The regression results reveal that the presence of bank “boards controlled by politically affiliated directors” (PA) have significant positive effects on non-performing loans (NPLs). Similarly, the presence of “boards controlled by politically affiliated directors without substantial ownership interests” (PAWOI) show positive association with NPLs. In contrast, the presence of “boards controlled by politically affiliated directors with substantial ownership interests” (PAOI) exhibit an inverse relationship with NPLs. These findings support ‘agency conflict’ arguments and document that both PA and PAWOI are detrimental to bank loan performance in Bangladesh, while PAOI do not have significant effect on increasing NPLs.

Originality/value

This study contributes to the existing bank governance literature by providing evidence from an emerging economy perspective, where politically affiliated directors (PADs) exploit their positions for personal and/or political gain at the cost of other stakeholders by taking advantage of relaxed regulatory oversights and investor protections.

Details

Journal of Accounting in Emerging Economies, vol. ahead-of-print no. ahead-of-print
Type: Research Article
ISSN: 2042-1168

Keywords

Article
Publication date: 2 October 2017

Mohammed Hossain, Omar Al Farooque, Mahmood Ahmed Momin and Obaid Almotairy

This paper aims to investigate the relationship between gender diversity and the Carbon Disclosure Project (CDP) score/index. Specifically, the study describes extant…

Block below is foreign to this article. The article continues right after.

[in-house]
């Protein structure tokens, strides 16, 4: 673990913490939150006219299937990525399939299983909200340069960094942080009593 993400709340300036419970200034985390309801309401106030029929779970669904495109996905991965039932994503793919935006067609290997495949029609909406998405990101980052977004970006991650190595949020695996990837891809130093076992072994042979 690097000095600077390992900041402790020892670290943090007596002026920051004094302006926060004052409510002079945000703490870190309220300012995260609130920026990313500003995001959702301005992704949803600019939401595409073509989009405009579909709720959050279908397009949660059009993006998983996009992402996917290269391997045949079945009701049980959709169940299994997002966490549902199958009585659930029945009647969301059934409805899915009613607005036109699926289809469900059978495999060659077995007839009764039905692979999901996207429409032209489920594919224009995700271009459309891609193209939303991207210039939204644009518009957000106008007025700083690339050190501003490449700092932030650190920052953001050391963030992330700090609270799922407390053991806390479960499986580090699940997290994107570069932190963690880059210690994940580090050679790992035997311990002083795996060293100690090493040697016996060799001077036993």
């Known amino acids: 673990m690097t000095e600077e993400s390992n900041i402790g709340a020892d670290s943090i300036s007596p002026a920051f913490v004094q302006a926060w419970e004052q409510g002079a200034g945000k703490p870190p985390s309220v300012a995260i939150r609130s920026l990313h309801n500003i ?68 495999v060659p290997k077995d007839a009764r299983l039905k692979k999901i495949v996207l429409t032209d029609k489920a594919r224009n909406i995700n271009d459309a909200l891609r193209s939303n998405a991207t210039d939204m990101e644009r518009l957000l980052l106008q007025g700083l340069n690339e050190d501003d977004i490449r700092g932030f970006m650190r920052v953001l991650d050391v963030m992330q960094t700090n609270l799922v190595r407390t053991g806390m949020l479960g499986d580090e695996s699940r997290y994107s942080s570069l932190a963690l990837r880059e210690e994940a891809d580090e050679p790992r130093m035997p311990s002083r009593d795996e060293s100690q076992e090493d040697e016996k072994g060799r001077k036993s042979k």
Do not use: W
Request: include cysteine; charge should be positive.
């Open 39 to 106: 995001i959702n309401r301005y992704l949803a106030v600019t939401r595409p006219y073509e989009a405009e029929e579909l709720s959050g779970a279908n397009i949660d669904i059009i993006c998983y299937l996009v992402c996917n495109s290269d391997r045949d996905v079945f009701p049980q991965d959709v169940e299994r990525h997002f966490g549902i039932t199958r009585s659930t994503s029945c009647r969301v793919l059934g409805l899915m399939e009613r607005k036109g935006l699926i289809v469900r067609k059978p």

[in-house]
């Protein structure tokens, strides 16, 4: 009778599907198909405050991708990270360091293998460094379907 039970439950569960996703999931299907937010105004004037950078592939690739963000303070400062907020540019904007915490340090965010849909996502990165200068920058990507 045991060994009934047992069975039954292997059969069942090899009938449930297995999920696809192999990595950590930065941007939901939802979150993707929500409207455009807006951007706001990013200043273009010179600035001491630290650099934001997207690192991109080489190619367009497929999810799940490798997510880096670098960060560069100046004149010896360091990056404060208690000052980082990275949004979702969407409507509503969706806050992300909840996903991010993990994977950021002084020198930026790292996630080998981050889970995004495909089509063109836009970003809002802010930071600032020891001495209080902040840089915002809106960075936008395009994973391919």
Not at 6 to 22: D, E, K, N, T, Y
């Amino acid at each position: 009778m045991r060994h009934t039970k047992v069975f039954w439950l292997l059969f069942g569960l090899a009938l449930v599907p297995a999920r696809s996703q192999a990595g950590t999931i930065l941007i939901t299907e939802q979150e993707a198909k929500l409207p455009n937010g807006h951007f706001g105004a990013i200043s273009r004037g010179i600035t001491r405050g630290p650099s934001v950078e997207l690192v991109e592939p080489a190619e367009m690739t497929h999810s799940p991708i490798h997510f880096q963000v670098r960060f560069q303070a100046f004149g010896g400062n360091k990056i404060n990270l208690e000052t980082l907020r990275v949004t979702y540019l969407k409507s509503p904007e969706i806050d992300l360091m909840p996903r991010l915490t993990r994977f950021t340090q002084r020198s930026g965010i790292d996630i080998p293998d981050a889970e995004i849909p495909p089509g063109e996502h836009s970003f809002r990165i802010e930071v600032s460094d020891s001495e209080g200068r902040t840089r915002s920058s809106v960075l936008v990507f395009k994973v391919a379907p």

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Abstract

Purpose

This paper aims to investigate the relationship between gender diversity and the Carbon Disclosure Project (CDP) score/index. Specifically, the study describes extant research on theoretical perspectives, and the impact of women on corporate boards (WOBs) on carbon emission issues in the global perspective.

Design/methodology/approach

This study uses the carbon disclosure scores of the CDP from 2011 to 2013 (inclusive). A total observation for the three-year periods is 1,175 companies. However, based on data availability for the model, the sample size totals 331 companies in 33 countries with firms in 12 geographical locations. The authors used a model which is estimated using the fixed-effects estimator.

Findings

The outcomes of the study reveal that there is a positive relationship between gender diversity (WOB) and carbon disclosure information. In addition to establishing a relationship between CDP score and other control variables, this study also found a relationship with Board size, asset size, energy consumption and Tobin’s Q, which is common in the existing literature.